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The Physics of a Splash

What happens when a droplet of liquid lands on a glass surface? It's difficult to see with the naked eye, but the droplet splashes, right? Well, yes and no. It depends on the air pressure.

Physicists at the University of Chicago watched alcohol droplets fall onto glass slides within a sealed chamber, in which the air pressure could be controlled and adjusted. They recorded the droplets' falls at various pressures with a camera that takes 47,000 pictures a second.

They were surprised when the camera revealed that the higher the pressure, the more the splatter; the lower the pressure, the less the splatter or no splatter at all. The lightness or heaviness of the gas inside the chamber affects the splatter too. When helium, a lighter gas, was present, the droplet's splat was less than when heavier gasses were present.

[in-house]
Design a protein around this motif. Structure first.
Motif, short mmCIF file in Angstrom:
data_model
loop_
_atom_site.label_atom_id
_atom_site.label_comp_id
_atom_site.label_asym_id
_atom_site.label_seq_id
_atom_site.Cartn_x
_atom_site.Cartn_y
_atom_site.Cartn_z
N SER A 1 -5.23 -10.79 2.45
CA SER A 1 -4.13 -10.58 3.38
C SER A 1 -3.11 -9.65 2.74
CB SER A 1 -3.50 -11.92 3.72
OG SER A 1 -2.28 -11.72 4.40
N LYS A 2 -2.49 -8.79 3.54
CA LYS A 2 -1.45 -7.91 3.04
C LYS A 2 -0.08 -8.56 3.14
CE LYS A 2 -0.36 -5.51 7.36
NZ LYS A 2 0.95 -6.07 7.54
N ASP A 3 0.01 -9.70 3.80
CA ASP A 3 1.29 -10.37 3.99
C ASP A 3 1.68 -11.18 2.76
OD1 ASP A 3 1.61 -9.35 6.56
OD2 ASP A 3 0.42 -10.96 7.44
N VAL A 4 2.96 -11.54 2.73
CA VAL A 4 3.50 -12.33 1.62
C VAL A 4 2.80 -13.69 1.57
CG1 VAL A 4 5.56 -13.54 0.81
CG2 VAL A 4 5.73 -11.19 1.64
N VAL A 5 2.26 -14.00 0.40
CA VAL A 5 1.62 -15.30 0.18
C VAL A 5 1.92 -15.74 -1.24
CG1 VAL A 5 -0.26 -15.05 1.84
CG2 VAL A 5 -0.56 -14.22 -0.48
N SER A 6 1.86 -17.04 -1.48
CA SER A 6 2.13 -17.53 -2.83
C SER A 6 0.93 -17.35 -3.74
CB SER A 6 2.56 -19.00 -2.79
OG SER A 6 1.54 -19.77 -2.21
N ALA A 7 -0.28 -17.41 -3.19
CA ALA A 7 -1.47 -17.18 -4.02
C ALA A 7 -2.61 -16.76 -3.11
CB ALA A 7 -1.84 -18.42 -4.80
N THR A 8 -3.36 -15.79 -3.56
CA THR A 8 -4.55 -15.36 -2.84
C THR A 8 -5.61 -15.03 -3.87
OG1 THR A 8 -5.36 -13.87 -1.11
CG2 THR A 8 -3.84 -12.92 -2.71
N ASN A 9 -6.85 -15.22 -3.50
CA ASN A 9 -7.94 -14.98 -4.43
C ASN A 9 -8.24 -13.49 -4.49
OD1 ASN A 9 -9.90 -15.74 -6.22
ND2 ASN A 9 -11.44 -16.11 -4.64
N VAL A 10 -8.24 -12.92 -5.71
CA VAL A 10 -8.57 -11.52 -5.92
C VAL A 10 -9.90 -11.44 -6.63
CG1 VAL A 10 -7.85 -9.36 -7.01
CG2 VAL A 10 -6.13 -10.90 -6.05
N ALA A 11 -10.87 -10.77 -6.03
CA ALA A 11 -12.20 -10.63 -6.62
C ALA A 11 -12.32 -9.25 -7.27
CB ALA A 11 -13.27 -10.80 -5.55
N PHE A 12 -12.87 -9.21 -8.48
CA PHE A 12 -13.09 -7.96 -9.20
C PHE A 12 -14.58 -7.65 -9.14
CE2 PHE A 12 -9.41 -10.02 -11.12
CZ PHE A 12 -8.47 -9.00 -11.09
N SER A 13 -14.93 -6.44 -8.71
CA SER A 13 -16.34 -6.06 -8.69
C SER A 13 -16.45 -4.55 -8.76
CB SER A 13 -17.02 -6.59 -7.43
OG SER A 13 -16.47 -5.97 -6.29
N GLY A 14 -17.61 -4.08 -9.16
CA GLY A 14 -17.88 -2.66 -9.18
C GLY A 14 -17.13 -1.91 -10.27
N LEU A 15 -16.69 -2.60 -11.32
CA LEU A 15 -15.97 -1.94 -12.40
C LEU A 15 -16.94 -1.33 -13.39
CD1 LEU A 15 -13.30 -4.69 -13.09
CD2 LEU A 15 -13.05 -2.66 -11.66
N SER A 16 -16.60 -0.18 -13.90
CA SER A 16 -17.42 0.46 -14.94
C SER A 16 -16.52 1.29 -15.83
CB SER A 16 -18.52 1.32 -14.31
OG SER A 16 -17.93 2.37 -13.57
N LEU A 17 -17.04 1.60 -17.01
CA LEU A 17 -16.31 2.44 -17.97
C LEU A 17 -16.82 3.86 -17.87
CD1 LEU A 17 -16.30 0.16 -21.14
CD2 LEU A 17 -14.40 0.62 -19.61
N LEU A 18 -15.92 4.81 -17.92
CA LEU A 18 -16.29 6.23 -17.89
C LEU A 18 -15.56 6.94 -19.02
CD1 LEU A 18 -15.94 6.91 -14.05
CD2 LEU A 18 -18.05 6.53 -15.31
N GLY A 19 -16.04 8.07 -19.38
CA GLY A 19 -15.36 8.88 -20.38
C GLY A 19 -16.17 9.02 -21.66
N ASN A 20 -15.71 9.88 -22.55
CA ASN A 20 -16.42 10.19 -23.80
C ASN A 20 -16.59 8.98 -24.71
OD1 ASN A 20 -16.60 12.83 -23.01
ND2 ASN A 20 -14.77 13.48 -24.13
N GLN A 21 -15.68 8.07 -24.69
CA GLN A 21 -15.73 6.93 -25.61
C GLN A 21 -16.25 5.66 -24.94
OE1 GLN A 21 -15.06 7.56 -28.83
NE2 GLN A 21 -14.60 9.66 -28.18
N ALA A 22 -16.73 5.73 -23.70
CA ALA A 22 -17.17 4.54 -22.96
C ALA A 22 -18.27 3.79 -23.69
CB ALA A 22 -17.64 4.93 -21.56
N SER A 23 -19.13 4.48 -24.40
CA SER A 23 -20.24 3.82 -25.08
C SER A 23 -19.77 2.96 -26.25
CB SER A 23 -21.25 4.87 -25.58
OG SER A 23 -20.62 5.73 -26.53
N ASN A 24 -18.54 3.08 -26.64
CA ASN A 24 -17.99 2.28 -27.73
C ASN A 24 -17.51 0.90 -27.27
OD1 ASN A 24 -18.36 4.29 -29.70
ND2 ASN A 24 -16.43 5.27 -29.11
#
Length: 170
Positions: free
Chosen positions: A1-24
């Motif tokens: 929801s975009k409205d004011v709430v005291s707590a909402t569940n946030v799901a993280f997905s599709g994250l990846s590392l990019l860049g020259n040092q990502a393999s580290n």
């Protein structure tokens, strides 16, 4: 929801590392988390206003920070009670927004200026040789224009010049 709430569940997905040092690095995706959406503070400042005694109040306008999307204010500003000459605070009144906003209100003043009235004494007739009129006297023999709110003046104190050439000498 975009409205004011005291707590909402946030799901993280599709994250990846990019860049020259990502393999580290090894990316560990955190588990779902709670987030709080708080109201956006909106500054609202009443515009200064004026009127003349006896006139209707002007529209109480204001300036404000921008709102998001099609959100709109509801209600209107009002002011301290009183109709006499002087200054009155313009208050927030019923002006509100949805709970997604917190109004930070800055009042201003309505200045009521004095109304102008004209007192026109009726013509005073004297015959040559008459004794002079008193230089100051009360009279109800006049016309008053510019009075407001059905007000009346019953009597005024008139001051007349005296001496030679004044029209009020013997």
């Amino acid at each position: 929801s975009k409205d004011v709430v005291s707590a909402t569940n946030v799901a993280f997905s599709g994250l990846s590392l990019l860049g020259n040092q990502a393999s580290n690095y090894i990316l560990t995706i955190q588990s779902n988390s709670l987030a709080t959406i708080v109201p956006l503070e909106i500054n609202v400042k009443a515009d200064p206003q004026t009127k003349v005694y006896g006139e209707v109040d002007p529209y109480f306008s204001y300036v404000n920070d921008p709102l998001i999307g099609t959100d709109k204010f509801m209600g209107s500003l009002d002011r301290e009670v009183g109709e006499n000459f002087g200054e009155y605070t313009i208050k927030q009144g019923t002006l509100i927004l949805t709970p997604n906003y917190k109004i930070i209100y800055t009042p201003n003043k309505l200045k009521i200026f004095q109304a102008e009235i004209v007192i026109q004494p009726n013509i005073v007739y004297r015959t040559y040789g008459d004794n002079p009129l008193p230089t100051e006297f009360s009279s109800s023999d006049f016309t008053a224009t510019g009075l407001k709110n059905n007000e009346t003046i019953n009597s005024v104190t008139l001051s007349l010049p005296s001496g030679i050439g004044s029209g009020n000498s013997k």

Why this effect? Scientists think that the size of the splatter is largely a result of the resistance or lack thereof of the surrounding air as liquid rapidly expands outward against it. If the surrounding air is high in pressure or heavy, then it might resist being pushed outward. Thus, it pushes back at the droplet, lifting the edge of the liquid film upwards, creating a splash. If the pressure is low or the gas is light, then it may be unable to resist so strongly. Thus, it pushes back weakly or not at all, with little or no splash.

Who, besides physicists, cares about the effects of gas and air pressure on a splash? Engineers, that's who. These findings may help engineers to improve the quality of processes such as ink-jet printing and engine combustion.

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